Have you ever been in this situation; you spend hours, days and weeks developing your client’s online strategy and the strategy is about building the brand through awareness and impact, but when that first performance report is delivered and the initial click-through rate is low the strategy magically transforms immediately from a long term brand play to a short term “improve the click rate” campaign?
If you’ve ever experienced this situation then you’ve been a victim of the Ad Crack Addict!
The addict is a difficult role to deal with; we know that. We also know that “crack is whack” (for those of you who remember, that’s what they said in the 80’s). Ad Crack is whack, too! It happens when we plan a strategy and delineate metrics with which to judge the success of a campaign, but that first report shows poor CTR and the last 15 years worth of online advertising history and experience takes over causing people to start freakin’ out. It’s not a criticism as much as it’s an observation of human nature. Humans are creatures of habit and we need to break the habit of relying on immediate click through as a measure of gauging success. We need to get ourselves weaned off of the ad crack of CTR, but we also need to recognize that this is not a cold-turkey, overnight addiction that we can break. It takes time, it takes attention and it takes willpower; along with a strong rationale and a basis in strategic thinking.
I moderated a panel at OMMA Metrics in San Francisco recently and the wrap up of the panel was summed up in one sentence (and I quote the panelists on this one); “Click through rates are not dead yet, but they certainly do smell funny”. Most serious digital advertisers understand that CTR is not the primary metric anymore, but the problem is there’s no immediate industry metric to put in its place. There are a host of metrics that advertisers are using and their focus is dependent on what they’re trying to achieve with a campaign. The needs of each marketer are different and therefore the primary metrics used to define engagement are different for each marketer. The term of the day may be “engagement”, but the definition of the term is a case-by-case occurrence. You need to define it for yourself; no-one can do it for you.
The solution to fighting the addiction to CTR lies in the service of your client’s business. Call it an intervention if you will in order to continue the theme. To be successful in this business and provide a strong service for your clients, you need to provide strategic rationale for what the primary metrics will be and maintain focus in the face of the ad crack addict. As soon as the first report shows up, you need to battle the instinctual reaction to focus on CTR. You can do this by one of two ways; either you deal with it head on or you remove CTR altogether (avoidance may not typically be a good strategy, but in some cases you need to remove yourself from a situation in order to fight an addiction).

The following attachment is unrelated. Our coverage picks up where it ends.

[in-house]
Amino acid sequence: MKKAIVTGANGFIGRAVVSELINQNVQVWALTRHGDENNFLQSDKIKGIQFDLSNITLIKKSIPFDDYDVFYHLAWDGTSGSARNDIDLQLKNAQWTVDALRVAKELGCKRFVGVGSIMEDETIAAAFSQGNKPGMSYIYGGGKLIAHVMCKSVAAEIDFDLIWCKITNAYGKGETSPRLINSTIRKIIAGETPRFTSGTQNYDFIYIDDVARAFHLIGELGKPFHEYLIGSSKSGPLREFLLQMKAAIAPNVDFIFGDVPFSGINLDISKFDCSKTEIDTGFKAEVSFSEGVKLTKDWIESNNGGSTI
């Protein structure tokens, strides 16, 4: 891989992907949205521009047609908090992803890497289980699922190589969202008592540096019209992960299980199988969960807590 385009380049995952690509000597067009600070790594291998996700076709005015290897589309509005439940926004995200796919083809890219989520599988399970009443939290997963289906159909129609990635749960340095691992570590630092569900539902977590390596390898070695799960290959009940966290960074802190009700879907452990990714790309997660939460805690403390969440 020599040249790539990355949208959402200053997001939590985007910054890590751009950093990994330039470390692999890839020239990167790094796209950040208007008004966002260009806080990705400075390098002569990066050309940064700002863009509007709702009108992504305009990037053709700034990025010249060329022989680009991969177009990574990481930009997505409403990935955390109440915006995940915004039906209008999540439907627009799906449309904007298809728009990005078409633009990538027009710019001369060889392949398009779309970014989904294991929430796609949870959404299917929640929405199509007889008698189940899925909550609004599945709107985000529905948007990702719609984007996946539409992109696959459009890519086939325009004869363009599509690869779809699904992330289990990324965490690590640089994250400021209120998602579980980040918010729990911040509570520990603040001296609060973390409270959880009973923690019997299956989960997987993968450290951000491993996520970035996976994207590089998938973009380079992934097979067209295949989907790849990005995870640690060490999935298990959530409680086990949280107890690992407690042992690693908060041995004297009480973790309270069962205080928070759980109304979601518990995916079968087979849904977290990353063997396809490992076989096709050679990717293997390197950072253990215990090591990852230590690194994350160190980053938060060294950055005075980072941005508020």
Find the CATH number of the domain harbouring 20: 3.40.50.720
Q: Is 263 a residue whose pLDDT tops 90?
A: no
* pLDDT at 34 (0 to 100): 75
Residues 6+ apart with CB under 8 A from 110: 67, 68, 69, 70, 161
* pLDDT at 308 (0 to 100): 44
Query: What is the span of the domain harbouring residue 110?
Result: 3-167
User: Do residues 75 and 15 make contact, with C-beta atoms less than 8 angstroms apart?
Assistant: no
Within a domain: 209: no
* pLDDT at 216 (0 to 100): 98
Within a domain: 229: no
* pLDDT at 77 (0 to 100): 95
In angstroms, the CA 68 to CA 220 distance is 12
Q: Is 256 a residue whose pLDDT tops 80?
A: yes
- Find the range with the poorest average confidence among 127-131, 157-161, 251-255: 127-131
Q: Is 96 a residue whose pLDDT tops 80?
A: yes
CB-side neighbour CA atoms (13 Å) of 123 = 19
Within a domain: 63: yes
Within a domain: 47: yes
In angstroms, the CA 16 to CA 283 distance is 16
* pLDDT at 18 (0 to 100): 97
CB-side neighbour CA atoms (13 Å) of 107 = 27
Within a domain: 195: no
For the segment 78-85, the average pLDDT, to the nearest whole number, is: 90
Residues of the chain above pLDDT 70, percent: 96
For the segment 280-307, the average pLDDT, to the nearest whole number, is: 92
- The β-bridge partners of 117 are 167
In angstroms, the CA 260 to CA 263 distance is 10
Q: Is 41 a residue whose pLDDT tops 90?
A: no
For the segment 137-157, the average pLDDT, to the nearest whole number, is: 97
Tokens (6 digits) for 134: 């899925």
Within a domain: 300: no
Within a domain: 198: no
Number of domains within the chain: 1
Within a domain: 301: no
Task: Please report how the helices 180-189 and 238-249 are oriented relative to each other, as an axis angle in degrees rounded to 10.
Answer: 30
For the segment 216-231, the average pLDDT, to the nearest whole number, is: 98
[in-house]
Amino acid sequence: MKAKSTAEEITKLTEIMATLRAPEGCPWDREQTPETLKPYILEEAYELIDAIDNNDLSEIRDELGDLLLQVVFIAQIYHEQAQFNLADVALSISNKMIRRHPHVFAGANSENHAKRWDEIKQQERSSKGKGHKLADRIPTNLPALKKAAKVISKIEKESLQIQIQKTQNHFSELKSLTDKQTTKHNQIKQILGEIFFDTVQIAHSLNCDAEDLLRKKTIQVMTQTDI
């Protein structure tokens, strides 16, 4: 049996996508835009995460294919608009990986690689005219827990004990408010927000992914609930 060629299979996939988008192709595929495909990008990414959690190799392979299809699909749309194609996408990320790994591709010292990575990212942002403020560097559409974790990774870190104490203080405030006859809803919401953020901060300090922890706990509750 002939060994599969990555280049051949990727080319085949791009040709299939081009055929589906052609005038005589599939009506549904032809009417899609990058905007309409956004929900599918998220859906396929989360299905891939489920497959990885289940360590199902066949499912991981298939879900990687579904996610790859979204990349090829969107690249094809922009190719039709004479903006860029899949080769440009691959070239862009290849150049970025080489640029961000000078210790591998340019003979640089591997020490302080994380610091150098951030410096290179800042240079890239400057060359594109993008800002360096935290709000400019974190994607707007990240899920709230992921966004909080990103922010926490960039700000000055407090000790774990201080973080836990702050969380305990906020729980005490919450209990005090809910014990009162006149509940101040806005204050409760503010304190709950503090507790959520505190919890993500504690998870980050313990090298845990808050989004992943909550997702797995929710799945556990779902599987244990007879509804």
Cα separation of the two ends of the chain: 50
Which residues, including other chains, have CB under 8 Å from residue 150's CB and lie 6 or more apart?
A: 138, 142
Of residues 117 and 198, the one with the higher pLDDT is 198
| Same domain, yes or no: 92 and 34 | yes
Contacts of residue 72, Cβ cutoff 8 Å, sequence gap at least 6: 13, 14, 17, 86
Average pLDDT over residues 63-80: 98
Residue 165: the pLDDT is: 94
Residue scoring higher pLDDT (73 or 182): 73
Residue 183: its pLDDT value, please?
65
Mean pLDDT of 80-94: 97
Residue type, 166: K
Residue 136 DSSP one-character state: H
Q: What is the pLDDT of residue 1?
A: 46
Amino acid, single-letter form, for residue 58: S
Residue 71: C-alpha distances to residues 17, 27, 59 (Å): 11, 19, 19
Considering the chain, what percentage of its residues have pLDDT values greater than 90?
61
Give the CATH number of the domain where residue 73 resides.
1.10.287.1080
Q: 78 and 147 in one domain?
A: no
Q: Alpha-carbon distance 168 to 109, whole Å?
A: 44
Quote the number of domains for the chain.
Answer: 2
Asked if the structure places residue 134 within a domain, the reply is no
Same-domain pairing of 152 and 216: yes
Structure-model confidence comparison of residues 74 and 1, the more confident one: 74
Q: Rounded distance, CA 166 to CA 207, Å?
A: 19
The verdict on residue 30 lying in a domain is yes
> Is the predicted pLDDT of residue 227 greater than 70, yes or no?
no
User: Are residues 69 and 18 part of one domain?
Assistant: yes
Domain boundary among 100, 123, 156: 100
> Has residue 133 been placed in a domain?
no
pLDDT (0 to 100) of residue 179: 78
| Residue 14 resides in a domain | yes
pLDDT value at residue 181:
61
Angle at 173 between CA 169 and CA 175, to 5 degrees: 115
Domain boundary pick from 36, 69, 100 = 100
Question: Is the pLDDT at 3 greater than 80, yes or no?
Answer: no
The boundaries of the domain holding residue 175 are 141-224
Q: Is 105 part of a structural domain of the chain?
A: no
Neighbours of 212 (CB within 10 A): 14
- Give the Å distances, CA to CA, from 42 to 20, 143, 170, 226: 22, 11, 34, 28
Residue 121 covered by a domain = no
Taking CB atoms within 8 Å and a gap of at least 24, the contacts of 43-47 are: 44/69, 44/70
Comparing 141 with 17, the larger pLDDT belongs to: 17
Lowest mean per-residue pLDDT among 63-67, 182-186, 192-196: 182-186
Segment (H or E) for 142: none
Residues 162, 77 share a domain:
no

I know a number of agencies who won’t even show CTR to their clients if they are focused on branding and impact. They’ll show impressions and cost efficiency, and they’ll show time spent and interactions on the site or in the ad units, but they won’t show CTR. In other cases I know agencies and marketers who will show the CTR but place it in the back of the report, not highlighting it upfront or in the summary reports. In most other cases, CTR is prominently displayed, but the client service team maintains a maniacal focus on the awareness, consideration and intent-oriented metrics and won’t even talk to the CTR with their clients. All of these are strategies that can work at weaning the client off the ad crack which they so easily get addicted to and can lapse back into examining and considering.
The hardest thing in client service is to push back on the client. No-one likes to be told that they’re wrong and no-one likes to be told “no”, but it’s especially hard to put your client in that position. Sometimes it backfires and they get upset, but to provide a valuable service you have to be willing to stand up and fight for your ideas. When the client asks you to start optimizing the campaign in week one and improve the CTR, it can be difficult to push back and refuse, however if you maintain that focus on the strategy and execution of the strategy that was agreed to upfront, then you’re doing the service that your clients are paying you for. If you buckle and lapse back into a revised strategy without giving it its due course then you’re just enabling the ad crack to take hold and no-one will improve!
What strategies have you employed in the past to service your clients and maintain that focus on your initial strategy? I’m sure our readers would like to know, so please share with us on the Spin Board!